I’m going to give (Nephrology Division Director) Chou-Long (Huang) a shout-out. Because it turns out that probably 60% of nephrology programs in the country were unfilled. So that actually does reflect something is happening here that we are able to fill our program. Infectious Diseases filled. And I can tell you across the country about 40% of ID programs are unfilled. And so this is something that we really need to celebrate because we are getting people to come to a little town in the Midwest to do fellowships. We are doing something here that others want to come and do. All of our residents who went into fellowships this year also matched into their fellowship of choice.

And what warms my heart is that 43% of you residents are choosing to stay here to do your fellowships. We have seen in the last few years that our own residents are actually voting with their feet to stay here.


I want to knowledge the leadership of the education team. Joe Szot, our Vice Chair for Education, and Manish Suneja is the incoming Vice Chair for Education. But I really want to highlight the entire education team for a strong effort in maintaining a very high level of quality in terms of education across the entire spectrum.


And then of course, our residency program leadership. I’m incredibly proud of our residents. I’m incredibly proud of our residency program. This wouldn’t happen without the strong dedication of the team shown here. Including the Chief Residents in the front.


Our clinicians are phenomenal. And this year, two of our faculty won UIP awards, Alicia Gerke and Poorani Sekar. We also get a lot of love letters in terms of making a difference. I get them every week. Our patients are telling us that they really appreciate what our clinical faculty are doing.


Research is clearly a big part of our mission. And again, I can’t go through everybody who has really contributed, importantly to a research mission. Again, it’s on our blog. You can go and find your favorite person.


We are publishing really well, almost a thousand papers in the last year in some good journals as as summarized here. And you know, the other way to look at the quality is by impact factor.


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We have grown with lots of new faculty across multiple divisions and ranks as shown here. I’m pleased to see the distribution being modified somewhat at the assistant level, where we’re bringing in more tenure track recruits. I think there’s still work to be done there. But we are recruiting faculty into all of our divisions. This is growth across all of our department.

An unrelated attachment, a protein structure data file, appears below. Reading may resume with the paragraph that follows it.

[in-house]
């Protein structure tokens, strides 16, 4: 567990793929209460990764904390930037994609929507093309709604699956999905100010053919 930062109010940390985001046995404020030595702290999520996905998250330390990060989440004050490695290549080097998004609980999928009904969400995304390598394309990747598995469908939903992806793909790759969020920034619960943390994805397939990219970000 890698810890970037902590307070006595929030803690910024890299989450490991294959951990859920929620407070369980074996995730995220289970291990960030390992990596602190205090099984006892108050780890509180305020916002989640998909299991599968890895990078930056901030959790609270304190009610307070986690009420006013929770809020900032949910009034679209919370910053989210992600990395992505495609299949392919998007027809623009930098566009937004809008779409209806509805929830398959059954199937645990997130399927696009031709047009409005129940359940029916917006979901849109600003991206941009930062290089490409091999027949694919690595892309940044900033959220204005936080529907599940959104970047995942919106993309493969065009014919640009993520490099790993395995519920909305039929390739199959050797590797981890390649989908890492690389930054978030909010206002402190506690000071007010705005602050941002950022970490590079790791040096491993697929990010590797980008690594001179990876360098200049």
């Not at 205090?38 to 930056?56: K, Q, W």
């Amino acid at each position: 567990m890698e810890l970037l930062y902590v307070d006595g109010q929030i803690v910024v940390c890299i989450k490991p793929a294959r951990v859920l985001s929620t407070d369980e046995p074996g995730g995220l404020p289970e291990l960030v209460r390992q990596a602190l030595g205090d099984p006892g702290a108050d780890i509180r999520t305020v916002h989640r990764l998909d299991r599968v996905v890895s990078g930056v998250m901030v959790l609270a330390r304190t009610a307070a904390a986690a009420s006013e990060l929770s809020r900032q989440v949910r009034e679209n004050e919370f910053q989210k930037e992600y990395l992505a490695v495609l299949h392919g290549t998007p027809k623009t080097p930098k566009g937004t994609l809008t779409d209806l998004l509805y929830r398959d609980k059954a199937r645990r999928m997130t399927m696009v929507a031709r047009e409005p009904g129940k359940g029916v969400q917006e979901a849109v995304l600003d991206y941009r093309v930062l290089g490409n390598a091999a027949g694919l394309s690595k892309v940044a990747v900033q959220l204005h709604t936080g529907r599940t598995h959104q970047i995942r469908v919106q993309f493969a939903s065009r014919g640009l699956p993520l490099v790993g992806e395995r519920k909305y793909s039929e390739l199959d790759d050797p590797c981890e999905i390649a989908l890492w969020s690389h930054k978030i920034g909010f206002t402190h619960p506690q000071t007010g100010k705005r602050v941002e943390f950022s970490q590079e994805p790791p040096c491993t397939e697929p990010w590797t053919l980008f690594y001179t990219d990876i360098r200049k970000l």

So I’m going to end with the fact that it’s very challenging for a department of this size to get the word out of all the things that we are doing. And I am very proud of our communication strategy. We want to hear from you if it’s working, if there are other channels that you want to hear from us. We know that you are reading these things, because we can check clicks and links. We know that people are reading what we are putting out.


But we want to ensure that we are keeping in touch with all of you in terms of what you need to know both in terms of news and celebration, but also in terms of policy and things that you need to be aware of.


Our work as a department is not simply inwardly focused, but we also are committed to having an impact on our community. This year our committed focus was on The Bird House Hospice Home. I want to acknowledge Rethy (Krishnamurthy) and others for spearheading this.


I want to thank the administrative support. Steve Blanchard came out of retirement to keep things going administratively. We are in the midst of recruiting a new division administrator and hopefully we’ll have good news to share soon. A thank-you to Trevor (Jackson) and Ann (Armstrong) for helping to put this slideshow together even until the wee hours of the morning.


This is my last slide. I think what drives me and what drives our department is a few things. One, we really want to bring the best people here in our department. We also want to build a strong community that ensures we’re all rowing in the same direction as a department. And whatever we do, we need to do it with rigor and integrity, that we’re doing it because it’s the right thing to do, and it’s the best possible thing that we can do. Finally we want to have a mindset that we never get stuck in our ways, in the way we think about things. We should always be willing to innovate and reinventing ourselves to do things in more exciting ways.

The department is in a good place, and I want to thank all of you for making me want to wake up in the morning and continue to offer leadership to a remarkable department. The state of the department is very strong. Thank you.

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About E. Dale Abel, MD, PhD

E. Dale Abel, MD PhD Francois M. Abboud Chair in Internal Medicine John B. Stokes III Chair in Diabetes Research Chair, Department of Internal Medicine Director, Fraternal Order of Eagles Diabetes Research Center Director, Division of Endocrinology and Metabolism Professor of Medicine, Biochemistry and Biomedical Engineering